Oncology Central

Unique clinical implications of HIV-related lymphoma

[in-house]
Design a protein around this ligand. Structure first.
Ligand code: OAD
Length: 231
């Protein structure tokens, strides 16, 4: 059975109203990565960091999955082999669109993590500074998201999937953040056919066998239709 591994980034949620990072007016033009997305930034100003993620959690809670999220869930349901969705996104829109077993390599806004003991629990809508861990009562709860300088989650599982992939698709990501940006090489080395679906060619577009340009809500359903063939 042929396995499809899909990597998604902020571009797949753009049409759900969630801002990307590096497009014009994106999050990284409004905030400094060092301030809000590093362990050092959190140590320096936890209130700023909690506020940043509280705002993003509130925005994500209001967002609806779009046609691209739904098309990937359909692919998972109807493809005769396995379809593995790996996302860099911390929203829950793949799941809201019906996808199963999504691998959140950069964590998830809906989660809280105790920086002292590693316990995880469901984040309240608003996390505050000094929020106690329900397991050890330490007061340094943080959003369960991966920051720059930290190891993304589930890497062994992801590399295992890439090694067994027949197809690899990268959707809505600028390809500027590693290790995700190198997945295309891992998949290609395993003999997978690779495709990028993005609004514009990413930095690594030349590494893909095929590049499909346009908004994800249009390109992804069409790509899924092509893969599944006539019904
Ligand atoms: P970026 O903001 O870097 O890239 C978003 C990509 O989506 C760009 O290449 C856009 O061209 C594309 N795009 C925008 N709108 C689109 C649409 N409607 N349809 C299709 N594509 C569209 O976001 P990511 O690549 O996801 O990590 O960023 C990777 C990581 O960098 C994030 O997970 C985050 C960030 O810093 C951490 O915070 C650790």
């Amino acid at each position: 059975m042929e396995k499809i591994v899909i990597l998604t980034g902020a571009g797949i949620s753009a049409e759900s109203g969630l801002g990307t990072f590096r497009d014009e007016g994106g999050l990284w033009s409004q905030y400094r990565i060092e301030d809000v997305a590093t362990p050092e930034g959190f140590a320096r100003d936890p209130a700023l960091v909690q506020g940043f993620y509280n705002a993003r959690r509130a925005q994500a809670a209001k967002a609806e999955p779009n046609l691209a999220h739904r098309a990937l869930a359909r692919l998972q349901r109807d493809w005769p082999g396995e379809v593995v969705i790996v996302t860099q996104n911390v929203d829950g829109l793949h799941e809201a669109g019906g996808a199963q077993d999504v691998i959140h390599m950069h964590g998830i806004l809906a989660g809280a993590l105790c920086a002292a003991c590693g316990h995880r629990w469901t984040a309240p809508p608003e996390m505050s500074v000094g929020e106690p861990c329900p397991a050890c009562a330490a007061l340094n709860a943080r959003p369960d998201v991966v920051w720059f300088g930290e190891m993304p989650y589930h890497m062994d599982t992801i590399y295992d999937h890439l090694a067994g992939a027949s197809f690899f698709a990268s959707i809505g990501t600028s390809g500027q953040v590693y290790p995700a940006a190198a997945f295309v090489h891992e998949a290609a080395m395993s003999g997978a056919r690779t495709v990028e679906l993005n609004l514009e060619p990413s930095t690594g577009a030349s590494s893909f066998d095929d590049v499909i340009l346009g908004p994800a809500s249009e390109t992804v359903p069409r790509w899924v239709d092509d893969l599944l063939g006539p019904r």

Since the introduction of combination antiretroviral therapy (cART) almost two decades ago, a number of changes have taken place in the spectrum of cancer affecting HIV-infected individuals. Although the incidence and proportion of deaths related to non-AIDS-defining malignancies, mostly infection-related cancers, are increasing, lymphoma is still a major complication of HIV-infection and is the most frequent neoplastic cause of death among HIV-infected individuals [1,2]. A decline in the incidence of lymphoma has been observed in the cART era, along with a concomitant increase in CD4 counts and a decrease of HIV RNA at lymphoma diagnosis. In general, the incidence of non-Hodgkin lymphoma (NHL) initially declined but has eventually stabilized. Nevertheless, the changes in the incidence of AIDS-related lymphoma (ARL) have been heterogeneous among the different lymphoma types.

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